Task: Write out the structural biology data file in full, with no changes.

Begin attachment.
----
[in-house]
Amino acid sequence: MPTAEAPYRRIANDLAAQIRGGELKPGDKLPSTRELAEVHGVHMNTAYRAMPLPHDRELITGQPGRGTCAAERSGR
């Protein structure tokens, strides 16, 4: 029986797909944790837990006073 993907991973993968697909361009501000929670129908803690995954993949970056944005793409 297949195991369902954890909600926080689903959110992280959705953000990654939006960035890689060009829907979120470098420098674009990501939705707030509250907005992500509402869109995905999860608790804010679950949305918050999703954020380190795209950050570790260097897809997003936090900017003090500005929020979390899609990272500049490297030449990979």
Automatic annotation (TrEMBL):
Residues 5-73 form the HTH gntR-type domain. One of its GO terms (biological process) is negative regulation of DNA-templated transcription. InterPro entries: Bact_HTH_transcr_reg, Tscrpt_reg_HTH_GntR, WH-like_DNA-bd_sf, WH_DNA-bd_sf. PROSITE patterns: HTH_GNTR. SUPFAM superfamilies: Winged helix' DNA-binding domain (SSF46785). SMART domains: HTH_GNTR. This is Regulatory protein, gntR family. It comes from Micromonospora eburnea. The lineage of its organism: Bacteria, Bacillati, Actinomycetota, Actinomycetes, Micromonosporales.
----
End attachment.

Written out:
[in-house]
Amino acid sequence: MPTAEAPYRRIANDLAAQIRGGELKPGDKLPSTRELAEVHGVHMNTAYRAMPLPHDRELITGQPGRGTCAAERSGR
């Protein structure tokens, strides 16, 4: 029986797909944790837990006073 993907991973993968697909361009501000929670129908803690995954993949970056944005793409 297949195991369902954890909600926080689903959110992280959705953000990654939006960035890689060009829907979120470098420098674009990501939705707030509250907005992500509402869109995905999860608790804010679950949305918050999703954020380190795209950050570790260097897809997003936090900017003090500005929020979390899609990272500049490297030449990979």
Automatic annotation (TrEMBL):
Residues 5-73 form the HTH gntR-type domain. One of its GO terms (biological process) is negative regulation of DNA-templated transcription. InterPro entries: Bact_HTH_transcr_reg, Tscrpt_reg_HTH_GntR, WH-like_DNA-bd_sf, WH_DNA-bd_sf. PROSITE patterns: HTH_GNTR. SUPFAM superfamilies: Winged helix' DNA-binding domain (SSF46785). SMART domains: HTH_GNTR. This is Regulatory protein, gntR family. It comes from Micromonospora eburnea. The lineage of its organism: Bacteria, Bacillati, Actinomycetota, Actinomycetes, Micromonosporales.